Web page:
We all have places we need to be, and often we bend the rules in order to get there. Maybe your alarm didn’t go off and now you’re late for work, or an accident caused you to be late for picking up your child or construction delayed you on your way to the airport. Without really considering what you are doing, you may be making decisions that could be labeled as driving aggressively. For some reason, humans think that driving faster or less courteously will give us back the time we lost to get where we need to go. However, aggressive driving has the potential to do just the opposite.
According to the Rocky Mountain Insurance Information Association (RMIIA), a vehicle-related injury occurs every 14 seconds in the U.S. The Insurance Information Institute reports that aggressive driving behaviors were involved in almost 52 percent of fatal crashes in 2012. While there’s no accounting for every situation, certain behaviors frequently contribute to crashes. For example, of the 45,337 drivers who were involved in fatal crashes in 2012, 9,320 had reportedly been speeding; 3,431 drivers were swerving; 3,211 did not yield the right of way; 3,119 were distracted; and 1,820 drivers disobeyed traffic signs, signals or officers.
However, 26.6 percent of those surveyed said they pass cars more often than they are passed, and 44.8 percent choose to keep up with faster traffic. Speeding often leads to accidents, road rage and traffic tickets – all of which make you even later than you already were.
Common behaviors that have resulted in altercations between drivers include:
- Blocking traffic
- Eye contact
- Headlight use
- Horn use
- Lane blocking
- Signal use
Here a few tips you can follow to help you get to your destination safely:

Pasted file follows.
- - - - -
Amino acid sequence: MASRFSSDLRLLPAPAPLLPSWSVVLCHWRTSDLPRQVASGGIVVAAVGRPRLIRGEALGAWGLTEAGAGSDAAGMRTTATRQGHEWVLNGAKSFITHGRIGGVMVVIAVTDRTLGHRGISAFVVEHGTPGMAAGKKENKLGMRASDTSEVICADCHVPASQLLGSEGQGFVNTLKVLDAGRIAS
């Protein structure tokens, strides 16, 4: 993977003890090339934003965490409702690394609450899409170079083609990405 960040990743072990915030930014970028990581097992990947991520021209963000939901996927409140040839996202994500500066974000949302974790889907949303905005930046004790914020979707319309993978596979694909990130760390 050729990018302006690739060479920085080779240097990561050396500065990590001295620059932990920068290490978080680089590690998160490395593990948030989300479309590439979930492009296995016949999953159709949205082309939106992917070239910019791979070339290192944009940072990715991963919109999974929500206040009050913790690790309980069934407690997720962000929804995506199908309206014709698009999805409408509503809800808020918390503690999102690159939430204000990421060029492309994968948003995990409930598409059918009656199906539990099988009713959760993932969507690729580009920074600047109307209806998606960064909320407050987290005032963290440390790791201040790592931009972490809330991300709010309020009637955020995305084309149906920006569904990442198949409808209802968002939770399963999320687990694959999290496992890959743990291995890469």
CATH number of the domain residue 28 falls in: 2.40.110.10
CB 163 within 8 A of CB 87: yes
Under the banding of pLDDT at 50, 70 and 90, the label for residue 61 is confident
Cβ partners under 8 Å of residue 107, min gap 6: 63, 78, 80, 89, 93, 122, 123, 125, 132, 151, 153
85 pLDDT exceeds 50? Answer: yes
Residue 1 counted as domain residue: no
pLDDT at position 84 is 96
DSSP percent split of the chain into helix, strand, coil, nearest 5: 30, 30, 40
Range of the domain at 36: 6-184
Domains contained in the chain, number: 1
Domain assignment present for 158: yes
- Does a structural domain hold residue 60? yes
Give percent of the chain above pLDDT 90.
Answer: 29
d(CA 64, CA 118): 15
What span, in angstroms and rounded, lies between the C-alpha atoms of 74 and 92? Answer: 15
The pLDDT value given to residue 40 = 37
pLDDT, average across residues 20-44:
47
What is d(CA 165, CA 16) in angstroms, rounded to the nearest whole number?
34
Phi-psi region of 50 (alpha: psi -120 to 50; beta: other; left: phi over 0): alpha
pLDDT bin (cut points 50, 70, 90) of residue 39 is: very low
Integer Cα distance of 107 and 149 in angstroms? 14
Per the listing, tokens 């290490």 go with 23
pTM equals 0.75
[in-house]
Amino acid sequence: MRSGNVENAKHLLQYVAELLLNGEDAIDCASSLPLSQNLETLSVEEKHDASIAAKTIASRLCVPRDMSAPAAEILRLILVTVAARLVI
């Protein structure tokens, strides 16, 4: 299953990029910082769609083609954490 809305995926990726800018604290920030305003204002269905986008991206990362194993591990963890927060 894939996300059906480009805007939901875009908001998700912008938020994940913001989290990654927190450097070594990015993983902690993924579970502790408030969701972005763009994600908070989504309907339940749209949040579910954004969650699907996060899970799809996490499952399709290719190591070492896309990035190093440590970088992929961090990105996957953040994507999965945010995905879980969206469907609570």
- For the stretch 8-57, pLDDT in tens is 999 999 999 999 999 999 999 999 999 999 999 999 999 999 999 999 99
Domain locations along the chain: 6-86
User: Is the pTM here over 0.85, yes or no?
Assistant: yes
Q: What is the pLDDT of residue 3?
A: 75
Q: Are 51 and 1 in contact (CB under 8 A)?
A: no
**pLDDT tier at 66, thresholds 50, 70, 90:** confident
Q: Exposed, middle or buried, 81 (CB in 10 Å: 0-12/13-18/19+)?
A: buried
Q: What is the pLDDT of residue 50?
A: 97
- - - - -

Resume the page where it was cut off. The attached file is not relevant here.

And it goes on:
- Stay out of the left lane and yield to the right for any vehicle that wants to pass.
- Keep a safe distance from the vehicle in front of you.
- Don’t switch lanes without signaling your intentions, and be sure to turn your directional light off after you have switched.
- Park between the lines, and always look before backing up by turning your head, not just relying on your backup camera.
- Try to keep everything in perspective. It’s not worth getting overly emotional, making rude gestures, flashing your lights or blaring your vehicle’s horn over something that is actually quite trivial in the grand scheme of things.
It is normal for many of us to resort to aggression when we are confronted by a stressful situation. Ultimately, driving behavior is up to every driver on the road, each responsible for his or her own actions. Recognizing the importance of road safety and how we each affect it can make all the difference in reducing fatalities and injuries caused by aggressive driving.
If you have been involved in an aggressive driving accident or you have any questions about this topic, you can find out more by discussing it with one of the attorneys at the Pikeville, KY-based Johnson Law Firm. We are ready to provide you with a free and confidential initial consultation. Contact us by calling 606-433-0682 or using our online form.